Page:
Sexual harassment is a form of harassment that involves the use of implicit and explicit sexual overtones. It is a collection of unwanted and unwelcome physical and verbal sexual attention. Although workplace harassment is the most common form of sexual harassment that most of us think about, sexual harassment happens across all parts of life.
Perpetrators of sexual harassment do not understand the long-term damage they are inflicting when they sexually harass someone. When a person chooses to sexually harass, they are committing an act of abuse, power, disregard, and disrespect against another person.
How does sexual harassment affect a person’s everyday life?
Sexual harassment happens in all types of circumstances and is an umbrella term for multiple types of unwanted sexual behaviors. Committing physical acts of sexual assault, requesting sexual favors, unwanted touching or physical contact, and verbal harassment of a sexual nature can all fall under the guide of sexual harassment.
While most legal claims involve workplace harassment (making conditions of employment or advancement based on sexual favors or describing sexual situations at work are far too common occurrences) it can occur online, in schools, and in religious organizations. A harasser can be a boss, a co-worker, a student, a teacher, a trusted counselor or doctor, or even a friend. A person can be sexually harassed while taking the train or walking around the neighborhood, or at the local watering hole.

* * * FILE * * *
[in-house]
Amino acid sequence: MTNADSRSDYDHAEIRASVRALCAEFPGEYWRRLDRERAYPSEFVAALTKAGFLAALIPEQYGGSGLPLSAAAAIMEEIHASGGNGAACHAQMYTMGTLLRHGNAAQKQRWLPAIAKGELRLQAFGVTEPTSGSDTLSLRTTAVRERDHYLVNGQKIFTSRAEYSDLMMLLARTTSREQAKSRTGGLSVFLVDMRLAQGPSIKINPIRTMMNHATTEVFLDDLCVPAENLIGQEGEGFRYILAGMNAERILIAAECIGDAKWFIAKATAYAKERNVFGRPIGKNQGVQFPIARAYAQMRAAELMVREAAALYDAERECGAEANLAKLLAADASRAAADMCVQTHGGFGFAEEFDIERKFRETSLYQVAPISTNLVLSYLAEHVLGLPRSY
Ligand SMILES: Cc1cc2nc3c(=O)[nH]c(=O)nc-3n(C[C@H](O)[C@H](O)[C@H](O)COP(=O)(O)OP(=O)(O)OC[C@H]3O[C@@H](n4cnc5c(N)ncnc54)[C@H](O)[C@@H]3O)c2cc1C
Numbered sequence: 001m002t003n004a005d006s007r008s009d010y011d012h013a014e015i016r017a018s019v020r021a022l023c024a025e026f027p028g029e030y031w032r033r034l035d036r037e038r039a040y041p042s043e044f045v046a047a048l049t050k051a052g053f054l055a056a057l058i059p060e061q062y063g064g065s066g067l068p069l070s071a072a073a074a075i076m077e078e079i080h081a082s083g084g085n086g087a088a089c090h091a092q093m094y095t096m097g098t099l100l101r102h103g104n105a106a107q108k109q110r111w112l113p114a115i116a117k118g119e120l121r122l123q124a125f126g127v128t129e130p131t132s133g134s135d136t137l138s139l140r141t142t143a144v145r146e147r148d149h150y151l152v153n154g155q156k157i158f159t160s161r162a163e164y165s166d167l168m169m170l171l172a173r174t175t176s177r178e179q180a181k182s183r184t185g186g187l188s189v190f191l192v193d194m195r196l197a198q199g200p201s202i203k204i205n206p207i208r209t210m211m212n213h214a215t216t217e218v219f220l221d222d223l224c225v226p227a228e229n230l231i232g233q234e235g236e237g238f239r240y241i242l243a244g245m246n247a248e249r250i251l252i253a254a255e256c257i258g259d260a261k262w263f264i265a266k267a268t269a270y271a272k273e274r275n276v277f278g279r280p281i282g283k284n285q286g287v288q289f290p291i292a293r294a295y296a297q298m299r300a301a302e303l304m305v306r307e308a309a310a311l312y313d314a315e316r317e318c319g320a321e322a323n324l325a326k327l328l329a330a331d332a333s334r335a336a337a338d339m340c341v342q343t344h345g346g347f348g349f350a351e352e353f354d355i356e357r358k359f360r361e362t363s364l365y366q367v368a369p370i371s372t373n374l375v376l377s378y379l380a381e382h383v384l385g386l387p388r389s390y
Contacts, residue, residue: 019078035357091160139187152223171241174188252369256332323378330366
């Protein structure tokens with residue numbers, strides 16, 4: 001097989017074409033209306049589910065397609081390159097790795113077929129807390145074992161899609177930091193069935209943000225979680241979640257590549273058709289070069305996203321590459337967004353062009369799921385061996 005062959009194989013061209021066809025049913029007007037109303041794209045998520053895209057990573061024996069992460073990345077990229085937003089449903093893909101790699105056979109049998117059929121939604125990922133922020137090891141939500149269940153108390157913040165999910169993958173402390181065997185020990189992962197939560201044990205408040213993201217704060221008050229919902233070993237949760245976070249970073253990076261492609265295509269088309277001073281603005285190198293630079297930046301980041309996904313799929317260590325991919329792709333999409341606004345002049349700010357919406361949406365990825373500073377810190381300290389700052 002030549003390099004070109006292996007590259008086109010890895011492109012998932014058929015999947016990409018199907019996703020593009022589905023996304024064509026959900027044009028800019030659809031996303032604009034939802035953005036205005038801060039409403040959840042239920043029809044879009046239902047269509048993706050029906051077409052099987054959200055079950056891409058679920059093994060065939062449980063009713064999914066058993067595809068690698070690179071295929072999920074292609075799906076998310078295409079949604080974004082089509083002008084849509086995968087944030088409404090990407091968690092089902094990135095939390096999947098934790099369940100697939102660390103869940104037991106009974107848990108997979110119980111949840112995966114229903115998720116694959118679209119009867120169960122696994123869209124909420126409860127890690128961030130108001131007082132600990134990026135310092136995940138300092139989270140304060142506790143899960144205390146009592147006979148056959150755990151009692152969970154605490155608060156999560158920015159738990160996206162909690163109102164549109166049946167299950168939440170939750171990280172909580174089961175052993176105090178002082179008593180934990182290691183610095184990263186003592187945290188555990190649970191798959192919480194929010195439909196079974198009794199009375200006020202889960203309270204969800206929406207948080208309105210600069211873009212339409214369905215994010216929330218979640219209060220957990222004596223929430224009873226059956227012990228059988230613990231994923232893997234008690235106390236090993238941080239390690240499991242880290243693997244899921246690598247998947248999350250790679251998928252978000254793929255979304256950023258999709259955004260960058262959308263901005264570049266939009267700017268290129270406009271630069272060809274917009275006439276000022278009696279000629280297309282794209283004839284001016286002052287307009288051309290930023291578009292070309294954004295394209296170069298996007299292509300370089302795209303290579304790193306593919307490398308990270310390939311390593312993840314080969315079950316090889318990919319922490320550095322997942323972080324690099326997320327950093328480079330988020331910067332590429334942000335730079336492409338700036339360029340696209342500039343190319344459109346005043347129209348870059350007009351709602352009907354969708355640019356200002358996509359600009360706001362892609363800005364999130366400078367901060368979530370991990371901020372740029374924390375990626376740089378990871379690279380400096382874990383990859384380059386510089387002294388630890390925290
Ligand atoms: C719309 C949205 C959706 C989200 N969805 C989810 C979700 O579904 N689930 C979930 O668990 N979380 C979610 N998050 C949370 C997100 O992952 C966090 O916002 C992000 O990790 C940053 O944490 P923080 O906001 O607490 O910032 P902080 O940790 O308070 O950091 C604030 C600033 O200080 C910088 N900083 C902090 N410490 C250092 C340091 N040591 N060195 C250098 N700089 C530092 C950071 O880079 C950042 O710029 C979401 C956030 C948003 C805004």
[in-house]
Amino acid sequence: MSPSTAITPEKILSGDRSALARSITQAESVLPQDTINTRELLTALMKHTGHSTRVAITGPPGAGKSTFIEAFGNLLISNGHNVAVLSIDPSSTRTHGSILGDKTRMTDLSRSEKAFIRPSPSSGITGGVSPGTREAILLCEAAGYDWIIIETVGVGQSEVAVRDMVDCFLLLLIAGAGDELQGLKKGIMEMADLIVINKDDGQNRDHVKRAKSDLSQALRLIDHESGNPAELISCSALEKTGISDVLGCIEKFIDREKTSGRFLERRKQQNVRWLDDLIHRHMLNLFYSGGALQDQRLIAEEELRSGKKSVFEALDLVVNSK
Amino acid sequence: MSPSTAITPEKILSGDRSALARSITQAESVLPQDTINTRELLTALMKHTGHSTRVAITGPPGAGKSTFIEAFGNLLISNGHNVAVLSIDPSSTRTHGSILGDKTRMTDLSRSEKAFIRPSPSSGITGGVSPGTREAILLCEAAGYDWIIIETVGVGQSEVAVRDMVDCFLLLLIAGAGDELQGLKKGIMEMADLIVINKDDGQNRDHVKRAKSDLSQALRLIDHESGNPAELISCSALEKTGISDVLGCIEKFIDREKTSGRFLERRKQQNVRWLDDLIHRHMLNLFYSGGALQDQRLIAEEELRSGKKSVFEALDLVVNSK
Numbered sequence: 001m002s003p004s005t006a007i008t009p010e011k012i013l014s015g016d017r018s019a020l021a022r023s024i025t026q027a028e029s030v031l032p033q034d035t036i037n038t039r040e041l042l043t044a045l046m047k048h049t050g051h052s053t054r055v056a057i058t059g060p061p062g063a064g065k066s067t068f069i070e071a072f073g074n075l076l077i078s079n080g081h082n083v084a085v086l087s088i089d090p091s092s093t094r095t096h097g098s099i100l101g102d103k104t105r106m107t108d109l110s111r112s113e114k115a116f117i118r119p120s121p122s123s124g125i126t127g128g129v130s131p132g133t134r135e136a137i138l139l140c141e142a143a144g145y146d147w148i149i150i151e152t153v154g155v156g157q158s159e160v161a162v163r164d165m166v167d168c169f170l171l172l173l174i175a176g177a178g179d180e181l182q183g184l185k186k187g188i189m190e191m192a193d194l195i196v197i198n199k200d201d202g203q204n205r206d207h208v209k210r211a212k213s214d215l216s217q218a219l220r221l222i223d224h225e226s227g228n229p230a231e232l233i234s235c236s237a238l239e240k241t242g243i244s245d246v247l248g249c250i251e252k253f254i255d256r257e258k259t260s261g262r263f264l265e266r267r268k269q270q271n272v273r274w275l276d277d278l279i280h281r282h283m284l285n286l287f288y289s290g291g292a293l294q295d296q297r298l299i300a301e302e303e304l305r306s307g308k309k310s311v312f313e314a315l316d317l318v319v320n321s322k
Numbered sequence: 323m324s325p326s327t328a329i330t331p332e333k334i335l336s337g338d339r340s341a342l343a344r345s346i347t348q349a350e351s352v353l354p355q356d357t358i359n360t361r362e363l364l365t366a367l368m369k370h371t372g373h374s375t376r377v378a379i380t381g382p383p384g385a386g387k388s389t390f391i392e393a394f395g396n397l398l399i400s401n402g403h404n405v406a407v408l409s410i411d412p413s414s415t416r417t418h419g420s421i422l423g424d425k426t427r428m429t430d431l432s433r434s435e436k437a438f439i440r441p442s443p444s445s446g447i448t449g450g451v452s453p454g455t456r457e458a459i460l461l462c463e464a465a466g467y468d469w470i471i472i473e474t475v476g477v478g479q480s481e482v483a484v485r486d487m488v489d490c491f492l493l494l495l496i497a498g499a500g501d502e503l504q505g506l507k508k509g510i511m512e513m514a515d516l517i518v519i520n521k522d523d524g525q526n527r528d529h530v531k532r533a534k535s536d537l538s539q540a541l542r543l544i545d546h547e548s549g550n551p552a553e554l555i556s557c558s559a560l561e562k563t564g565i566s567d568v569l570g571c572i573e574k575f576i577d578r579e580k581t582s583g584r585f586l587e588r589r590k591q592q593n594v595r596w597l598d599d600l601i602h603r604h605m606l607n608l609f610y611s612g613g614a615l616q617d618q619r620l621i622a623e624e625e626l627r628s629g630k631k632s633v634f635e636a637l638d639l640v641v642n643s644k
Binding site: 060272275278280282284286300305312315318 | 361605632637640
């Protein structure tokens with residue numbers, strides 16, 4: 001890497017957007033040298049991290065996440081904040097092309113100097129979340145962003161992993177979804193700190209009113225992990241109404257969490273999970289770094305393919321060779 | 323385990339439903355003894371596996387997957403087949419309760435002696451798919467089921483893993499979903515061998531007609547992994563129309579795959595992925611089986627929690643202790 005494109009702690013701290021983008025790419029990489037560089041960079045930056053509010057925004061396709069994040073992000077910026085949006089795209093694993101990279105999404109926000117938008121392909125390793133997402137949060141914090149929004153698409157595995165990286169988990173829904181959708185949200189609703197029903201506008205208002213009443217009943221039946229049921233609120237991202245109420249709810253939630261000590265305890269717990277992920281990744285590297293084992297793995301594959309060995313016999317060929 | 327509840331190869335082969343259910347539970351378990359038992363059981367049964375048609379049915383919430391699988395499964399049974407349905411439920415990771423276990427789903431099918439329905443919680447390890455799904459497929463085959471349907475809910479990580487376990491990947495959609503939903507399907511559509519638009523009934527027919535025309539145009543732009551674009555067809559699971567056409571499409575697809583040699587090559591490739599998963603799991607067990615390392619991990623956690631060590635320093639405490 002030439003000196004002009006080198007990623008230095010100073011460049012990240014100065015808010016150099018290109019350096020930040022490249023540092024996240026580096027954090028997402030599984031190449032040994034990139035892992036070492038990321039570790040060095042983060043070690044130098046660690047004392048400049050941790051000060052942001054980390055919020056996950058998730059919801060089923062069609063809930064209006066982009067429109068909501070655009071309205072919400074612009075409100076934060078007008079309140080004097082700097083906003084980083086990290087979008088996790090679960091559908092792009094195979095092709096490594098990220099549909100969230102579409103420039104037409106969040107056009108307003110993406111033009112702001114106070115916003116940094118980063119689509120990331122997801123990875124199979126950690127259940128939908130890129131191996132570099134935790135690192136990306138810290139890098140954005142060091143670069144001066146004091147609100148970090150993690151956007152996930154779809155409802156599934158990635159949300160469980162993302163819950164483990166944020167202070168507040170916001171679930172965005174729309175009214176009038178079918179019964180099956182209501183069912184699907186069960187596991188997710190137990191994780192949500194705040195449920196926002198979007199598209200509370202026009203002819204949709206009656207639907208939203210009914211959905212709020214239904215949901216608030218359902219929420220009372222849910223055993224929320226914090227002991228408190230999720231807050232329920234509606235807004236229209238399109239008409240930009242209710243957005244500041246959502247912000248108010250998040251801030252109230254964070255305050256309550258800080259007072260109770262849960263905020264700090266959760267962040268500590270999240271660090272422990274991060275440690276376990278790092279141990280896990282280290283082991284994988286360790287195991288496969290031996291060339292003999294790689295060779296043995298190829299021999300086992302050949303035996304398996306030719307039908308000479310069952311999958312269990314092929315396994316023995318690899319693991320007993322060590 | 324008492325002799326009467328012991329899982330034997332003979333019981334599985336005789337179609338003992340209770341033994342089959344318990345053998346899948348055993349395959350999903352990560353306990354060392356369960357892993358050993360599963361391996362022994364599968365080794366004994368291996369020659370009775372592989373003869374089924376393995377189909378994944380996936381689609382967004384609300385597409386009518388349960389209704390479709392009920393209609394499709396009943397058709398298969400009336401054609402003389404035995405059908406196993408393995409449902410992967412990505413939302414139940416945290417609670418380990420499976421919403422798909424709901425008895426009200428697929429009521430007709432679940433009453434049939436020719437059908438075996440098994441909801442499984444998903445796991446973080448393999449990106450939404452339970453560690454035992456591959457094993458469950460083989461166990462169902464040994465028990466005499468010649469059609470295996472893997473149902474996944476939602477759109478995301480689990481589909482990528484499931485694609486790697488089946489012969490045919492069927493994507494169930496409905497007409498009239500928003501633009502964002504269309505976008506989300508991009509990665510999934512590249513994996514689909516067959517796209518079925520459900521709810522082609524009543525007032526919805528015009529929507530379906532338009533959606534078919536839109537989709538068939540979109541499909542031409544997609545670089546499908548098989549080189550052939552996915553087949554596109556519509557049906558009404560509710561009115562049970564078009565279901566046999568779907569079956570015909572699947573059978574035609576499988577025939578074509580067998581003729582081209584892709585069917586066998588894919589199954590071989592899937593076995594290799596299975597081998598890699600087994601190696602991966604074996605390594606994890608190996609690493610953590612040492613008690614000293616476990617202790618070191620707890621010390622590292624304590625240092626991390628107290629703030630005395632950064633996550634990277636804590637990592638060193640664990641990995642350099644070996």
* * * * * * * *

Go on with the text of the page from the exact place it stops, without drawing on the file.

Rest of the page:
What are some of the long-term effects of sexual harassment?
Sexual harassment is not a one-time occurrence. It is typically ongoing unwanted sexual behavior that helps to create a hostile environment and takes a devastating toll on the victim’s well-being.
Long-term effects of sexual harassment can be emotional, mental, and physical. Some of the emotions that victims of sexual harassment experience are anger, humiliation, shame, and a feeling of powerlessness. Dealing with inappropriate and uncomfortable behavior at work begins to take an emotional toll.
A person who has to endure these types of disrespectful behaviors day in and day out will begin to feel stressed, frustrated, violated, and embarrassed. Knowing that you are about to enter an environment that is unwelcoming and demeaning can make a person feel a sense of dread. This can spill over into the victim’s personal life, leading to a decrease in enjoyment in previously enjoyed activities and a negative impact on the victim’s personal relationships.
Other effects of sexual harassment can include loss of appetite, a change in sleeping habits, anxiety, increased stress, and lowered self-esteem. In severe cases of sexual harassment, victims can suffer flashbacks of the behavior and experience panic attacks and bouts of post-traumatic stress disorder (PTSD). Victims are also at risk of developing a substance abuse problem and or severe depression.
What are some physical long-term effects of sexual harassment?
The physical long-term effects of sexual harassment are just as dangerous as the emotional effects. Victims of sexual harassment are at risk of developing stomach problems, headaches, and other physical stress-related conditions.